Sidekick outage says more about the future of 'Pink' than Microsoft's cloud

I'm not downplaying in the least how serious the ongoing Sidekick outage is or letting Microsoft's Danger subsidiary -- and/or any other companies involved in the loss of users' data -- off the hook. But, to me, the outage says more about the future of "Pink" than it does about "the Microsoft cloud.
Written by Mary Jo Foley, Senior Contributing Editor

I was (trying to) unplug most of the long holiday weekend, but couldn't help but read all the headlines about how the Sidekick outage spells trouble for Microsoft's cloud strategy.

I'm not downplaying in the least how serious this outage is or letting Microsoft's Danger subsidiary  -- and/or any other companies involved in the loss of users' data -- off the hook. (The latest: The Danger team is now saying that "some" user data might be recoverable, after all.)

But Sidekicks aren't running from/on "the Microsoft cloud." In fact, there is no such thing as a single Microsoft cloud. Microsoft has lots of different remote servers in different data centers running lots of different services.

The Microsoft Azure cloud is what many Microsoft watchers think of these days when someone says "the Microsoft cloud." But the Azure environment provides the underpinning for very few Microsoft services so far. The Sidekick services don't run on Azure. Microsoft's My Phone doesn't run on Azure. Hotmail, Xbox Live,  Microsoft-hosted Exchange -- nope, nope and nope. None of these are running on Azure yet.

The Sidekick outage, to me, says more about Microsoft's Pink than it does about Azure.

The Danger team, which Microsoft acquired in 2008, is largely responsible for the Pink "premium mobile experience" (PMX) software/services on which Microsoft has been working on secretly. There have been a few recent reports that Microsoft has decided against launching the Pink phone(s) that were going to run these services, but I haven't heard from any of my sources whether this is true. Sharp supposedly is the manufacturer of the Microsoft-branded/co-branded Pink phones, which Microsoft is said to be planning to market primarily to teens and 20-somethings.

(Microsoft officials have denied repeatedly assertions that Microsoft is making its own smartphone. They have not denied that Microsoft is working with a hardware partner to build Microsoft-branded or co-branded phones.)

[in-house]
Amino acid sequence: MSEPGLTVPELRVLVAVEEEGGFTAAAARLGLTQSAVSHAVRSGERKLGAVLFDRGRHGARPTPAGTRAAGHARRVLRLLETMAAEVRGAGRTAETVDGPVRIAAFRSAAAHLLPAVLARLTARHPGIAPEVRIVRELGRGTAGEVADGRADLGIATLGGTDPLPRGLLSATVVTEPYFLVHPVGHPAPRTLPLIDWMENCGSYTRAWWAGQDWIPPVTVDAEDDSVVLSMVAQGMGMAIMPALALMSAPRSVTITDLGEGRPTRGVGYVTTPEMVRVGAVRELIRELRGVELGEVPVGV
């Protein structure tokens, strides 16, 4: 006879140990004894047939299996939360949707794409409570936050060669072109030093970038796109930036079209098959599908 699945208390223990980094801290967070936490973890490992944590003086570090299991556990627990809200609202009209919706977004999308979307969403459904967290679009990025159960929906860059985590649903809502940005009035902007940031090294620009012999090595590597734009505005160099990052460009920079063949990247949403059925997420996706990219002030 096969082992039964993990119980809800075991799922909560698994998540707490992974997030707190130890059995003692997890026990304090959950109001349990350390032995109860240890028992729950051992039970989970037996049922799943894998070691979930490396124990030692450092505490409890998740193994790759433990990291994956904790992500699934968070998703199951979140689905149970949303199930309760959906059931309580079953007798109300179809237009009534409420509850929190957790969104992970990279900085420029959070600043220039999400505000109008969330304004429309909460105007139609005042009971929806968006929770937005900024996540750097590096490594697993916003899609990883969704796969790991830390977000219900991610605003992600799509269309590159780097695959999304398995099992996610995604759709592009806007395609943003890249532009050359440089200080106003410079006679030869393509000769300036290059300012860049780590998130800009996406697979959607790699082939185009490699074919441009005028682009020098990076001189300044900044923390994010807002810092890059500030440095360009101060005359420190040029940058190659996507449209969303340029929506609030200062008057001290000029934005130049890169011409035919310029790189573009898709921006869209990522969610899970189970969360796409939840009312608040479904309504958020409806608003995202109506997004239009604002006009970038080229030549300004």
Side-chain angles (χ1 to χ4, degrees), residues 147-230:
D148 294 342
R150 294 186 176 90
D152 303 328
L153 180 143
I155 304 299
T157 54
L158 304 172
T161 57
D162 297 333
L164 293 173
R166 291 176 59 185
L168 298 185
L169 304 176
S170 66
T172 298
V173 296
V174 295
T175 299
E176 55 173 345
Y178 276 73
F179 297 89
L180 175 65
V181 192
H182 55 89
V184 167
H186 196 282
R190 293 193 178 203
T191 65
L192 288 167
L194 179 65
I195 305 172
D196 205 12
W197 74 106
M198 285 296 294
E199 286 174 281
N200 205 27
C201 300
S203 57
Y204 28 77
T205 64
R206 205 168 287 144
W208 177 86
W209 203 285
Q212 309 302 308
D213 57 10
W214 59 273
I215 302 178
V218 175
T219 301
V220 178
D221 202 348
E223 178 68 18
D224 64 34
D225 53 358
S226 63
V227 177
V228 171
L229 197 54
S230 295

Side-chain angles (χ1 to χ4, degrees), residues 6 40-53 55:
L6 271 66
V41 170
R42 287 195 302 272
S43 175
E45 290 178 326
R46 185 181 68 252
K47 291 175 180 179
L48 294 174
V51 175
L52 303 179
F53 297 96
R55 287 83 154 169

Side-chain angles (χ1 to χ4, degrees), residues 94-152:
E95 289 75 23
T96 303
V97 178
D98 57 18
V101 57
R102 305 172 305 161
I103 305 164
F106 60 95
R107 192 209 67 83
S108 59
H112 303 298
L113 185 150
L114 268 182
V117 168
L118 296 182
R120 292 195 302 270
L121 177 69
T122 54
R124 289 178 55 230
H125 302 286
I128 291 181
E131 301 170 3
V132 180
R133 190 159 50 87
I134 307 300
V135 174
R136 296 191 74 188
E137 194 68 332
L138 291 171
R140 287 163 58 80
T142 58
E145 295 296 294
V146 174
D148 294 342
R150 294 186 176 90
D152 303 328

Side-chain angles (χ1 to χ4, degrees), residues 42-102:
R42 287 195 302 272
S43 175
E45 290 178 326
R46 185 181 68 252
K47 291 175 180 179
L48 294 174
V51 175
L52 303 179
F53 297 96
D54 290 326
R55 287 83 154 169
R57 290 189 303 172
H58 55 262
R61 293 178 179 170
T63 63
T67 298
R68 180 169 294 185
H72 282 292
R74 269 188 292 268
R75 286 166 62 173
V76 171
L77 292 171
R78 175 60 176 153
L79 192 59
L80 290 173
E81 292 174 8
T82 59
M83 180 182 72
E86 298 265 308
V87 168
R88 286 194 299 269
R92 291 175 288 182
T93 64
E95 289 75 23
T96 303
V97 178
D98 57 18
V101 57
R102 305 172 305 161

What was Microsoft doing to the back-end Danger services that resulted in such a catastrophic outage? Microsoft isn't talking. There are rumors the problem stemmed from a storage-area-networking debacle but Microsoft isn't confirming that, either.

The services at the core of Danger's current offering -- contact management, calendaring, instant messaging, e-mail -- are all running on a back-end platform that Danger doesn't describe publicly. Here's the platform diagram it does provide (click on it to enlarge):

Because Microsoft hasn't yet launched Pink, company officials have refused to talk at all about which premium services it will encompass and what kind of back-end platform they'll run on. Is Microsoft designing the Pink services to run on its own servers? Is/was Microsoft intending to allow the Pink services to remain hosted on the existing Danger back-end? Did this past week's Sidekick outage result from Microsoft (or Hitachi Data Services, or whoever) attempting to move the Danger back-end off the existing servers and onto Microsoft's own servers? Microsoft officials won't say.

Now that more everyday users know that Sidekick is connected to Danger and Danger to Microsoft, this week's outage will cast a shadow over any kind of Pink phone and/or Pink premium services launch Microsoft may be planning.

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